For a lot of us, Jackie Chan entered our lives hanging from a bus window with an umbrella and never left. In Police Story (1985), director/star Chan plays cop Chan Ka-Kui, who arrests a crime lord but finds himself defending false charges of a murder. As a glorious example of classic Hong Kong cinema, Chan’s film is replete with highly stylised action sequences featuring broken glass doors, massacred cars, and mighty punches.
In this simple tale of a good cop who has to bend a few rules in order to pin the villain, Chan’s body bends, folds and twists like a Chinese opera performer while he fights the baddies with perfect timing and rhythm. This is a rhythm that relies heavily on the distinct way Hong Kong edits its action films. American action films, in their bid to dull the depiction of pain, have editors cutting a shot every time there is a hit and the camera moves to the next hit. Hong Kong cinema, on the other hand, relishes its fights; the camera stays on long enough to see the cause, action and reaction in the same shot without any snips. There is not much stress on continuity, but the end product is a perfect action film where you see and almost feel the pain.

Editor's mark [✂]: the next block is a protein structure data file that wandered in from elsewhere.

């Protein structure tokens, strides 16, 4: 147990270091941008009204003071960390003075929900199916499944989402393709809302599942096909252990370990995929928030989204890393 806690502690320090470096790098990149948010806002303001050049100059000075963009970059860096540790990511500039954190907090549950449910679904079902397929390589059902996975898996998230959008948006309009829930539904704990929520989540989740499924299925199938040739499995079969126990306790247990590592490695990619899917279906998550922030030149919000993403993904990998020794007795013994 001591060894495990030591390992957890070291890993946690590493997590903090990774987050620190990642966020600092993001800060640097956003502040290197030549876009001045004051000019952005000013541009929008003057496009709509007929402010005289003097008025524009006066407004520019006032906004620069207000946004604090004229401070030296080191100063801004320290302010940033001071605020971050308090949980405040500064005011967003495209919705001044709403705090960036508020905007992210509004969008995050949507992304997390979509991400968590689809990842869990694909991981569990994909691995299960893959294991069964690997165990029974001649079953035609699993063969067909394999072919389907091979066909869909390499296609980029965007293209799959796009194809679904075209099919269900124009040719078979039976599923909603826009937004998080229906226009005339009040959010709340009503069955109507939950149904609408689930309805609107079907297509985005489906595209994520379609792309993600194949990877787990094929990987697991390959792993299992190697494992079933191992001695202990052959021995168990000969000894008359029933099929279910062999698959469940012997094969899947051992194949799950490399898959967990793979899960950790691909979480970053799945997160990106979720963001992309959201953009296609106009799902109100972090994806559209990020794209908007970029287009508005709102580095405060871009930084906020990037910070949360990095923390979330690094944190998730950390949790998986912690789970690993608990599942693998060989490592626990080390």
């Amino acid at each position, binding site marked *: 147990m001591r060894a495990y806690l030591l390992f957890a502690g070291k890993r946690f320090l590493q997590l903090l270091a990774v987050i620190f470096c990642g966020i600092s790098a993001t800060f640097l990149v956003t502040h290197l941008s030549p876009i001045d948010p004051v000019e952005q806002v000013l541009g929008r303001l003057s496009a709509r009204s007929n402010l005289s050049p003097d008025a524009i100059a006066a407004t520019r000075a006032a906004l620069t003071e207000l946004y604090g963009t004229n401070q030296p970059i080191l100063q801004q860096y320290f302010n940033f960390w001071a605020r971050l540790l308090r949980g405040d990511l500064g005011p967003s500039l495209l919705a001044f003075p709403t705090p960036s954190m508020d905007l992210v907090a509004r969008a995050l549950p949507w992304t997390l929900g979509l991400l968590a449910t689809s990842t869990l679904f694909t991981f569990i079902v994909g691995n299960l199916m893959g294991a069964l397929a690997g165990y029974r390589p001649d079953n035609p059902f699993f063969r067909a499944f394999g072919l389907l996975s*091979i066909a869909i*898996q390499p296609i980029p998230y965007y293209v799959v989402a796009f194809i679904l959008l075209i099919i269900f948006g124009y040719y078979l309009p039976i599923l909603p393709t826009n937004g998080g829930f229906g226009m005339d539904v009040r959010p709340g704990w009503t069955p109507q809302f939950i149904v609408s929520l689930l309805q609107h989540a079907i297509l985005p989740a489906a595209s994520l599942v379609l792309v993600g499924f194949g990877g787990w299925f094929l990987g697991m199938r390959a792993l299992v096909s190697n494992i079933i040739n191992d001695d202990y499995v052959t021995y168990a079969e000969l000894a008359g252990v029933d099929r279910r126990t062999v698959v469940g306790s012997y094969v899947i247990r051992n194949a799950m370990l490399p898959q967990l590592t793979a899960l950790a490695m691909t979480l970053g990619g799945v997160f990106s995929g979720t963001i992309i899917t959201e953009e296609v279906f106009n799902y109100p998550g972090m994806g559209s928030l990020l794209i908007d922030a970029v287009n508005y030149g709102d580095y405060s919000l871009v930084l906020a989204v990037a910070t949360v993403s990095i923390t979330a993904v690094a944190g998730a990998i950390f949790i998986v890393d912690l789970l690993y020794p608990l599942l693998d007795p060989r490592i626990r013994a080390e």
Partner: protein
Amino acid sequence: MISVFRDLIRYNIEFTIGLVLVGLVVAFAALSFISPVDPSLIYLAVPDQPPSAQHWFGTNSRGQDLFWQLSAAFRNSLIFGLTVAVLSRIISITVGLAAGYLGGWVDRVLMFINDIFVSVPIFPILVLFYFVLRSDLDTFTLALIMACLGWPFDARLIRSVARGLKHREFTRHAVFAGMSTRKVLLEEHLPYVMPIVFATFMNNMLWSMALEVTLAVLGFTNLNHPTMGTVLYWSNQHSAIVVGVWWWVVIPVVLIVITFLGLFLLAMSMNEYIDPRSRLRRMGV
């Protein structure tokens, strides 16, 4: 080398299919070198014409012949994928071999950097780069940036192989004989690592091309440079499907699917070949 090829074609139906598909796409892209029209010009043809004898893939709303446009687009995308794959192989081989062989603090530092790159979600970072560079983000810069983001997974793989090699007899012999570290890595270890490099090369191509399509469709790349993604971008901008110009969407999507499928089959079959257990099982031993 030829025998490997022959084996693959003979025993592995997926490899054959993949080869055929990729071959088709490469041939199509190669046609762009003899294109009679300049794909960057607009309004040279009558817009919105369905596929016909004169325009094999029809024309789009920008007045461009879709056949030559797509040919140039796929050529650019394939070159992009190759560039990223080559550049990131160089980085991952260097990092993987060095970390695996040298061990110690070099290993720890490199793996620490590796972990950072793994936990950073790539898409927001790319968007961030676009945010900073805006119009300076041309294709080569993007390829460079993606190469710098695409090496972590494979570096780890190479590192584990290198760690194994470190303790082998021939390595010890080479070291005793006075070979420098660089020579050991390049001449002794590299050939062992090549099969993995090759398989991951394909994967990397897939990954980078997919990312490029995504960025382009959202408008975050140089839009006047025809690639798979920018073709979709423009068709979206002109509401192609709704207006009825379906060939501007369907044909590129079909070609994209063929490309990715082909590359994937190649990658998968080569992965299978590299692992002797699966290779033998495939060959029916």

With Chan’s signature style that seamlessly marries action and comedy, we see Ka-Kui start out as a bumbling, if unexpectedly effective police officer who climbs his way up to being a hero. With the recent 4K restoration, one is able to relive the 1985 classic but with brighter reds and sharper punches, while laughing just the same old way when Chan tries eating his noodles with pencils and ends up choking on the eraser tips.